Similarly, the frequency of undertaking IVPs was inconclusive, likely contributed to by the inconsistencies in definitions for ‘frequent’ and ‘infrequent’, with some measuring daily frequency and others assessing conduct of IVPs over a weekly or monthly basis. The frequency of use had been hypothesised to be an important factor in relation to douching and the acquisition of bacterial STIs and other negative outcomes, possibly due to the decreased time for recovery of the vaginal flora with more frequent conduct of IVPs.48 Other factors, such as timing and duration of use of IVPs could not be clearly assessed as they were not consistently reported in the included studies.

There is limited new evidence of association of IVPs and HIV infection since 2008, with the identification of only two full-text studies. Consistent with previous findings,9 both studies reported harm associated with intravaginal cleansing,26,27 but one reported no association with intravaginal insertion.27 A conference abstract (excluded at full-text stage), suggests decreased risk of HIV infection with intravaginal cleansing.21


There is a need for prospective longitudinal studies in populations where IVPs are prevalent, to better understand whether and how IVPs may affect the timeline of progression to cervical cancer, or other gynaecological outcomes. Given that most evidence lies in low to moderate quality studies, future studies should include larger and more representative samples. In addition, consistent use of standardised definitions and categorisations of IVPs, such as those proposed by the WHO GSVP study group, would enable clearer comparisons between populations and regions.1 It is essential to limit the effects of social desirability and recall bias in reporting, using contextually and culturally appropriate methods to elicit understanding and reporting of the types of IVPs (such as the self-administered pictorial diary used in Uganda and Tanzania).44

Exploration of mediating factors for risk should also be improved. An association between HIV infection and IVPs has been proposed to be related to an increased risk of abnormal flora, in particular bacterial vaginosis which could then facilitate transmission, rather than a direct linkage.4,9 Bacterial vaginosis has been investigated in two prior systematic reviews exploring associations with HPV infection as well as with cervical intraepithelial neoplasia.49,50 However, these studies did not investigate IVPs, so there remains scope for investigation of this and other potential mediators.

Although the precise mechanism remains unclear, the extent of the evidence suggestive of harm in the included studies in this review is a cause for concern. In keeping with previous studies, a high prevalence of IVPs was described in most of the included studies, although this differed depending on the practice described. With the majority of participants in the included studies recruited from health care facilities, it has been proposed that health professionals may be well positioned to ascertain whether IVPs are utilised and to promote education and awareness about their possible risk.51–53 Some scholars have proposed group delivered interventions for peer support and motivation to facilitate discussion, and possibly cessation, of IVPs may be effective.54,55

Health education interventions about the potential risk of IVPs have often been implemented in the context of HIV infection,53,56 where the importance of using culturally sensitive and acceptable approaches are well-recognised. This approach could be further adapted to include messages about HPV infection and cervical cancer development. Given that IVPs tend to be socially and culturally engrained, sensitivity is required in understanding their motivating and perpetuating factors and the beliefs surrounding their benefits as well as any cervical cancer risk.5,52,56 In addition, a clear distinction should be made between evidence-based practices that may involve intravaginal insertion, such as the clinical use of vaginal suppositories for treating infection and contraceptive vaginal rings57,58 from the potentially more harmful insertion practices described in this review. This issue has been a source of concern in some study populations, amongst whom beliefs exist that any product applied intravaginally, even if medically indicated, could be harmful.52 It will be important to promote clear public health advice on this topic going forwards, particularly with the potential advent of new evidence-based intravaginal devices such as antiretroviral intravaginal rings for HIV pre-exposure prophylaxis which have been undergoing clinical trials.59–61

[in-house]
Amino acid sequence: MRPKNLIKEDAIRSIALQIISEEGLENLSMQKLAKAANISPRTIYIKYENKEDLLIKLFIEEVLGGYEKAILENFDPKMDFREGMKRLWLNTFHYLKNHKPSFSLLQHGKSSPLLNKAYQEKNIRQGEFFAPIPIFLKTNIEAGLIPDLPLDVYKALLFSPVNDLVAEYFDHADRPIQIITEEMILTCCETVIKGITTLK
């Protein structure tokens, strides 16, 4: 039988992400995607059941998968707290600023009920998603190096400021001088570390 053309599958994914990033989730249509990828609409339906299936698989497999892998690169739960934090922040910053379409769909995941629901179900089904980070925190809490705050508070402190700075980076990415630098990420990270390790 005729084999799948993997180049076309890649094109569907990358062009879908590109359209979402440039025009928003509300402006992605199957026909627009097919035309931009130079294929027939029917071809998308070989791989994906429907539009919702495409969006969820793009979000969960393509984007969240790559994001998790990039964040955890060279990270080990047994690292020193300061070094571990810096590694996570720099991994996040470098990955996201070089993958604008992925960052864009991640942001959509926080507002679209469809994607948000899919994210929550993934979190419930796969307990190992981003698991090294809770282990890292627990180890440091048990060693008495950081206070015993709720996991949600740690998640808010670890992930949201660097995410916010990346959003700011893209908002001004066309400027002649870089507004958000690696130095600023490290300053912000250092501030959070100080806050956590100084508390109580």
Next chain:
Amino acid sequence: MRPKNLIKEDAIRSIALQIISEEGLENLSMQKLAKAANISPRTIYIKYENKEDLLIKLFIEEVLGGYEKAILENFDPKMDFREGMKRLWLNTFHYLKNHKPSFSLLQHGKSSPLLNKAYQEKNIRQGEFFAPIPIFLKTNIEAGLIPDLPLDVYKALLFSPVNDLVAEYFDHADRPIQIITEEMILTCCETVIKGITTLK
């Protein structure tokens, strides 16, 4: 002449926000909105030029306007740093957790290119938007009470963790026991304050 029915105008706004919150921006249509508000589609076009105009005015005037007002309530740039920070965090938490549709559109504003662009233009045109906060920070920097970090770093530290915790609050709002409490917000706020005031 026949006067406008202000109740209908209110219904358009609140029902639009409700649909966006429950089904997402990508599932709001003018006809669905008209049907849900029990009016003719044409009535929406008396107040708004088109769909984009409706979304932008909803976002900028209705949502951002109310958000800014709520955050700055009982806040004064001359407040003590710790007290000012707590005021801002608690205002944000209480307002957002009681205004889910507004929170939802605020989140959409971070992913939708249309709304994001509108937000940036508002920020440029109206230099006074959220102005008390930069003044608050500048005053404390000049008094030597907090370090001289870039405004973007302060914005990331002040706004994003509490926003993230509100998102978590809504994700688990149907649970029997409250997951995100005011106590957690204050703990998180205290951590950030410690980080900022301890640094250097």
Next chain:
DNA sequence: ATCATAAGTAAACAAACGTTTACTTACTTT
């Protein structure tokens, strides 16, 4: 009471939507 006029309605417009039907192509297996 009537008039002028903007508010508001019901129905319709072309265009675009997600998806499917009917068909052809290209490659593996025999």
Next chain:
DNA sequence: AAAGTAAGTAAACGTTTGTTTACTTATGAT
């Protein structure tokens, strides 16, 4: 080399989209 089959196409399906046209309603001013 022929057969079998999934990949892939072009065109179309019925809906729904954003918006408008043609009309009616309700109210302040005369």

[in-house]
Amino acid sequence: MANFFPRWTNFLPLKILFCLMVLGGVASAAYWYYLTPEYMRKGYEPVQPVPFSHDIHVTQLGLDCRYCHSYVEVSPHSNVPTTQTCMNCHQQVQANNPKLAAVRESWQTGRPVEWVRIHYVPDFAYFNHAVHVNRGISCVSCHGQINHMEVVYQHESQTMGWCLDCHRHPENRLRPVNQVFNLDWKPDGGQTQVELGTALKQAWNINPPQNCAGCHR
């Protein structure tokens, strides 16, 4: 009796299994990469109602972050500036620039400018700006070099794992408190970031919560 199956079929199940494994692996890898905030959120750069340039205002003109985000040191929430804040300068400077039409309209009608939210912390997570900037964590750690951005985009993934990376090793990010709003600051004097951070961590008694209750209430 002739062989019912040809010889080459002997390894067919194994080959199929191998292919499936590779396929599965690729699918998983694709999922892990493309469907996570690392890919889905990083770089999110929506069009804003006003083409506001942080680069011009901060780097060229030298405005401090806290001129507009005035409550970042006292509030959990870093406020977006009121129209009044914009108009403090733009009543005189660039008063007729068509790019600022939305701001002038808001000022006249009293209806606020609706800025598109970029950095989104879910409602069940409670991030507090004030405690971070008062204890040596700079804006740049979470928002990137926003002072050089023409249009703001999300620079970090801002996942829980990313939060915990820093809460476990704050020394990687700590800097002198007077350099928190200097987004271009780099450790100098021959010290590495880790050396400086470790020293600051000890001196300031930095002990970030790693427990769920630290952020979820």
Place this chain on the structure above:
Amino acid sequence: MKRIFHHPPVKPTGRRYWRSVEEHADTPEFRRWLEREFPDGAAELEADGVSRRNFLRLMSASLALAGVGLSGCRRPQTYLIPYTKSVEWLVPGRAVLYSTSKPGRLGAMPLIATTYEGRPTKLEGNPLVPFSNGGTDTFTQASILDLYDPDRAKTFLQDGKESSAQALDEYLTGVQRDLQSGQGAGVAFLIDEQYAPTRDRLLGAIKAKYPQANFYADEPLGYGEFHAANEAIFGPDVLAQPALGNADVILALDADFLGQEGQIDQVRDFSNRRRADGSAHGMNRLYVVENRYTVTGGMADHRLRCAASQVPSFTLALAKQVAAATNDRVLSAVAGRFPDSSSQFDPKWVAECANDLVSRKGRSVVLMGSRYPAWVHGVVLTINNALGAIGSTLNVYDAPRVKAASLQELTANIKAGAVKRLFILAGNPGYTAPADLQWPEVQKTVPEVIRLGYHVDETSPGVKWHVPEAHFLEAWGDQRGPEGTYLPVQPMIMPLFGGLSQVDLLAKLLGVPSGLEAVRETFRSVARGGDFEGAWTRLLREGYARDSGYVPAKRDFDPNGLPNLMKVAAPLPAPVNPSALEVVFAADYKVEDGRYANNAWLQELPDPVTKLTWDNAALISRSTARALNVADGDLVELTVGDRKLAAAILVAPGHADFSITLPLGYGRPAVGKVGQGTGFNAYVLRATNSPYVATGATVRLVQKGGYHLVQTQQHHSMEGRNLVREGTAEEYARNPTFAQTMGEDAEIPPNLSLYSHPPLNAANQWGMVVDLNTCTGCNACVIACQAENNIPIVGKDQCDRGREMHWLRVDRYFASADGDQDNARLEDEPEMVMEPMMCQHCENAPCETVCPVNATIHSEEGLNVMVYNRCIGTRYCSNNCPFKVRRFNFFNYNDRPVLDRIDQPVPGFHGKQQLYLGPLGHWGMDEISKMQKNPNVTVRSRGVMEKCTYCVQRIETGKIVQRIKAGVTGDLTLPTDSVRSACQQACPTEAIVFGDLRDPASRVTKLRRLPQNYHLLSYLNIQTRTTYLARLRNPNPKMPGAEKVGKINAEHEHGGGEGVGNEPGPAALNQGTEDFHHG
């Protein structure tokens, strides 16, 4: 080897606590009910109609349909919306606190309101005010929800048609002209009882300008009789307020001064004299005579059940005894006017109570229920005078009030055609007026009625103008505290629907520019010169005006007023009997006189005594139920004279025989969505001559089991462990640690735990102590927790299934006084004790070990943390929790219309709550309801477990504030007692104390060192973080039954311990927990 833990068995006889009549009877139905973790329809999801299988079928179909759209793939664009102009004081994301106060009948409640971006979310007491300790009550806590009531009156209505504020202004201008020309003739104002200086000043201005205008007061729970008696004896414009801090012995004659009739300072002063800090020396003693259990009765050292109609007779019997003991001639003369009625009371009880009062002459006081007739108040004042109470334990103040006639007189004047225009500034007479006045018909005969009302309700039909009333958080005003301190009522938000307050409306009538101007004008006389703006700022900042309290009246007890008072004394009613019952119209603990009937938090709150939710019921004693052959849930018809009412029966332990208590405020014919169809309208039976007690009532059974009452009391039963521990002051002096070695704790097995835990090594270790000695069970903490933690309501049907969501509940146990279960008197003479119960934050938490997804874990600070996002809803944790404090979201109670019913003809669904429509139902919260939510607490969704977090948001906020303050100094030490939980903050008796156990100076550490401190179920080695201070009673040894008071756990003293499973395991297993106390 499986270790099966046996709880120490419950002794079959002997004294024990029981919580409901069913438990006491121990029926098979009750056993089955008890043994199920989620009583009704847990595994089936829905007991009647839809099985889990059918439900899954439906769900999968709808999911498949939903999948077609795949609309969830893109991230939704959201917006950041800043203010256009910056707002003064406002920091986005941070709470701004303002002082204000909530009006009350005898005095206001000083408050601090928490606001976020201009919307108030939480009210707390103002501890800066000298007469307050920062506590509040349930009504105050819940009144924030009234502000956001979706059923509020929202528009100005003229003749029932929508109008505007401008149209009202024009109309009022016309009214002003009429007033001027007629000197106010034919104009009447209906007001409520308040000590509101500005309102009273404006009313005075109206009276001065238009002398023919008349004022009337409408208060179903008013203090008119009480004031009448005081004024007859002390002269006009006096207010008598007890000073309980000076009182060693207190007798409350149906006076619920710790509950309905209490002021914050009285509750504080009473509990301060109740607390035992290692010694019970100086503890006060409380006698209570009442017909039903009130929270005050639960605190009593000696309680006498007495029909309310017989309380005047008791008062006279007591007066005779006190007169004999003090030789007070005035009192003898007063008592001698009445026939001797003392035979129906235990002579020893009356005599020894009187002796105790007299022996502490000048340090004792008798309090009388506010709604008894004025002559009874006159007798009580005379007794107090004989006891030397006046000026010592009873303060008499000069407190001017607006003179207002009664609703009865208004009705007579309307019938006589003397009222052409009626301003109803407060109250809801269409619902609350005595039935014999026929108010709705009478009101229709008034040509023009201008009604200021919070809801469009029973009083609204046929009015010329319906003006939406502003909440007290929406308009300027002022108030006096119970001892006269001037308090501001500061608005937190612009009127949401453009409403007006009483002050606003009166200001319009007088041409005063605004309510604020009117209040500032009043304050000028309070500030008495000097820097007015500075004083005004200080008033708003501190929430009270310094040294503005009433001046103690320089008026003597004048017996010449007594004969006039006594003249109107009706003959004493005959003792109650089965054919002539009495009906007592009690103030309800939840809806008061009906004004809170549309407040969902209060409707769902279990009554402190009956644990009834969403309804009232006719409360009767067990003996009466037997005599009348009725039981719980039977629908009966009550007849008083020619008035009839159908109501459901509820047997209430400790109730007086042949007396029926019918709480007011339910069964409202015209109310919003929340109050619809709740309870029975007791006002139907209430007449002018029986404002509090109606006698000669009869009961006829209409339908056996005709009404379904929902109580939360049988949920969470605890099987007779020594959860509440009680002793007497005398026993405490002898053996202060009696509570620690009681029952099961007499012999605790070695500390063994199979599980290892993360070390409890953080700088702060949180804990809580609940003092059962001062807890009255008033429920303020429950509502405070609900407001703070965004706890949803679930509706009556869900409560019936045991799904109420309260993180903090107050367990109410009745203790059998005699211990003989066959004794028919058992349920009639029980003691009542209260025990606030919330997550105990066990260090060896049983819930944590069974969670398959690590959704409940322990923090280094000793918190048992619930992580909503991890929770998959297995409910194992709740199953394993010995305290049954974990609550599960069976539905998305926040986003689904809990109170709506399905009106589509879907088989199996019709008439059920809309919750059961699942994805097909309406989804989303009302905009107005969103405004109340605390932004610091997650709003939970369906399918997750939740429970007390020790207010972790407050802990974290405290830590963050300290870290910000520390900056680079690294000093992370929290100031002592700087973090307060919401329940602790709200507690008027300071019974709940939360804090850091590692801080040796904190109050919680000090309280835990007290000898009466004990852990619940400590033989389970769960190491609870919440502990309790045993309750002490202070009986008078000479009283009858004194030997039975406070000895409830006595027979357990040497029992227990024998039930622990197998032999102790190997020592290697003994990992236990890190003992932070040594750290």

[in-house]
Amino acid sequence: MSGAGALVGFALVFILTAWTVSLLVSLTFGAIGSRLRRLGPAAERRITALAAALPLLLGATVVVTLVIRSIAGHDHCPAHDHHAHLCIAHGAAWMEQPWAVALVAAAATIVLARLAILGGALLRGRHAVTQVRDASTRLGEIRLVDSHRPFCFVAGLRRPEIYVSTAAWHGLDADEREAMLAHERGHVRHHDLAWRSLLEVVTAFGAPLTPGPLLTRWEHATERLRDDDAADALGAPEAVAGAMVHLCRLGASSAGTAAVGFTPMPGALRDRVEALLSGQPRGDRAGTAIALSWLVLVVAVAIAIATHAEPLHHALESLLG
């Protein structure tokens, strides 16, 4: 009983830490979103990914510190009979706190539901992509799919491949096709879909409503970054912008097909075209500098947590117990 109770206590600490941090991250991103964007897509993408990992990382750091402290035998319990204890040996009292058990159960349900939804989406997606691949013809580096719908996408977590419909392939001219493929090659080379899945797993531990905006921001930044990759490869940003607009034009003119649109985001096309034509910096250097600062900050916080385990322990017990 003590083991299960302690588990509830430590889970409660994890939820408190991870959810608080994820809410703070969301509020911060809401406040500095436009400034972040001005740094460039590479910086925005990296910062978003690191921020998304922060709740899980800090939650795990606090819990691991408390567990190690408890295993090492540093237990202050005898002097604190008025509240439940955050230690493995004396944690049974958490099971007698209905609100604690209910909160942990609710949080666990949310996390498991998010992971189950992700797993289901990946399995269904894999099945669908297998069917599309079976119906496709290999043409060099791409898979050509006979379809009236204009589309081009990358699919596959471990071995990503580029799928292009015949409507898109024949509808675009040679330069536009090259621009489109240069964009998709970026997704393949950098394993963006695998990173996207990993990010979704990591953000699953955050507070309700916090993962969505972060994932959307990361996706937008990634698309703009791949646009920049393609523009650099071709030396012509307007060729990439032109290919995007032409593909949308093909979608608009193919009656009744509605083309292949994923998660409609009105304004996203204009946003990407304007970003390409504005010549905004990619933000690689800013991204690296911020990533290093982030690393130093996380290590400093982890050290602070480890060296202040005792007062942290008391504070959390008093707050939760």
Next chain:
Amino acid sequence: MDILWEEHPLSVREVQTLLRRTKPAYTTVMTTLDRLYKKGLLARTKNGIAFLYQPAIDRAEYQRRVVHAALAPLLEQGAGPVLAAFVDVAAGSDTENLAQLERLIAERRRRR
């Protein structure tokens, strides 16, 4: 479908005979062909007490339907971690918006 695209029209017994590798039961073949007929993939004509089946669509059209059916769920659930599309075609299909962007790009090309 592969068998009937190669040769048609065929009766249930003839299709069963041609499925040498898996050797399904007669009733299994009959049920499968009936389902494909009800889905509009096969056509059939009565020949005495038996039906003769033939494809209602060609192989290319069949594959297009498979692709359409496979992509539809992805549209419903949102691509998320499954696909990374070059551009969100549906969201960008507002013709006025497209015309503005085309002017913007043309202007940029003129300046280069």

The ability to draw firm conclusions regarding an association of IVPs with HPV infection, or the development of cervical cancer, was limited by the current evidence base. Although the possibility of harm was suggested overall, IVPs were not clearly defined in the identified studies and there was limited capacity to assess mediators of the pathway. It may be necessary to increase awareness related to potential risks of IVPs and to conduct these efforts with cultural sensitivity, but this must be substantiated by more robust evidence to ensure that clear and consistent messages are promoted.


We thank Marshall Dozier, Academic Support Librarian at the University of Edinburgh for invaluable advice on search strategies; we also thank Liz Grant and Cecile Wabnitz for early discussion of the interface of IVPs and cervical disease.


This study had no external funding.

Authorship contributions

All authors meet authorship criteria. CC and TM conceived the study; TM led the protocol development and literature searching, and initial data extraction and quality assessment, and data synthesis; RH was the second reviewer. All authors contributed to interpretation of findings, and contributed to the writing of the paper. CC is the guarantor.

Competing interests

The authors completed the Unified Competing Interest form at (available upon request from the corresponding author), and declare no conflicts of interest.

Correspondence to:

Tafadziswa T Museba

Usher Institute, University of Edinburgh, Teviot Place, Edinburgh, EH8 9AG, United Kingdom.

[email protected]